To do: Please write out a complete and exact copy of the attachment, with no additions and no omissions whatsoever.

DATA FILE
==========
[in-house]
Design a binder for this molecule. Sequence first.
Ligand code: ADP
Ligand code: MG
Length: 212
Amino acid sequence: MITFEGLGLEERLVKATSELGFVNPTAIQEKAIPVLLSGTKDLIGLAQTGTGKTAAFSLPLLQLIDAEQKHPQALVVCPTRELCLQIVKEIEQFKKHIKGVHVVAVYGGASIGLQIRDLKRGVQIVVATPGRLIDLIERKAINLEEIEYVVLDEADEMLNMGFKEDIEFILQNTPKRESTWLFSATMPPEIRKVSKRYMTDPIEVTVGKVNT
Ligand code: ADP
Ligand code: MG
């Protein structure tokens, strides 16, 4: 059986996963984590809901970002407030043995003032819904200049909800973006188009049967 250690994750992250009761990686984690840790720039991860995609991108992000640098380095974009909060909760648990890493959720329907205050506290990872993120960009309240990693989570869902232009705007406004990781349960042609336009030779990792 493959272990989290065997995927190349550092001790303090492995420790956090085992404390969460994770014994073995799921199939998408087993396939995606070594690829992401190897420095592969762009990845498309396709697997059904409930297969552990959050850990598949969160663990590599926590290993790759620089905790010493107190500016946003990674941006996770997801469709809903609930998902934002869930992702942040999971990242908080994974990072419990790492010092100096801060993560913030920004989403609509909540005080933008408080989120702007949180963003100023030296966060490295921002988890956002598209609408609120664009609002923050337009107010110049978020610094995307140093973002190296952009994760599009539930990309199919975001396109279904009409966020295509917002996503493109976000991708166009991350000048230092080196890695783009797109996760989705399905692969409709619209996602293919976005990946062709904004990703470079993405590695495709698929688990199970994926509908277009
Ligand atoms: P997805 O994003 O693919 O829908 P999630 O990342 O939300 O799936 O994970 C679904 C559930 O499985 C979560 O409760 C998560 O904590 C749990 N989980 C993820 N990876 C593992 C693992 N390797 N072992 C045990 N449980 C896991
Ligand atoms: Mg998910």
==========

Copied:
[in-house]
Design a binder for this molecule. Sequence first.
Ligand code: ADP
Ligand code: MG
Length: 212
Amino acid sequence: MITFEGLGLEERLVKATSELGFVNPTAIQEKAIPVLLSGTKDLIGLAQTGTGKTAAFSLPLLQLIDAEQKHPQALVVCPTRELCLQIVKEIEQFKKHIKGVHVVAVYGGASIGLQIRDLKRGVQIVVATPGRLIDLIERKAINLEEIEYVVLDEADEMLNMGFKEDIEFILQNTPKRESTWLFSATMPPEIRKVSKRYMTDPIEVTVGKVNT
Ligand code: ADP
Ligand code: MG
């Protein structure tokens, strides 16, 4: 059986996963984590809901970002407030043995003032819904200049909800973006188009049967 250690994750992250009761990686984690840790720039991860995609991108992000640098380095974009909060909760648990890493959720329907205050506290990872993120960009309240990693989570869902232009705007406004990781349960042609336009030779990792 493959272990989290065997995927190349550092001790303090492995420790956090085992404390969460994770014994073995799921199939998408087993396939995606070594690829992401190897420095592969762009990845498309396709697997059904409930297969552990959050850990598949969160663990590599926590290993790759620089905790010493107190500016946003990674941006996770997801469709809903609930998902934002869930992702942040999971990242908080994974990072419990790492010092100096801060993560913030920004989403609509909540005080933008408080989120702007949180963003100023030296966060490295921002988890956002598209609408609120664009609002923050337009107010110049978020610094995307140093973002190296952009994760599009539930990309199919975001396109279904009409966020295509917002996503493109976000991708166009991350000048230092080196890695783009797109996760989705399905692969409709619209996602293919976005990946062709904004990703470079993405590695495709698929688990199970994926509908277009
Ligand atoms: P997805 O994003 O693919 O829908 P999630 O990342 O939300 O799936 O994970 C679904 C559930 O499985 C979560 O409760 C998560 O904590 C749990 N989980 C993820 N990876 C593992 C693992 N390797 N072992 C045990 N449980 C896991
Ligand atoms: Mg998910």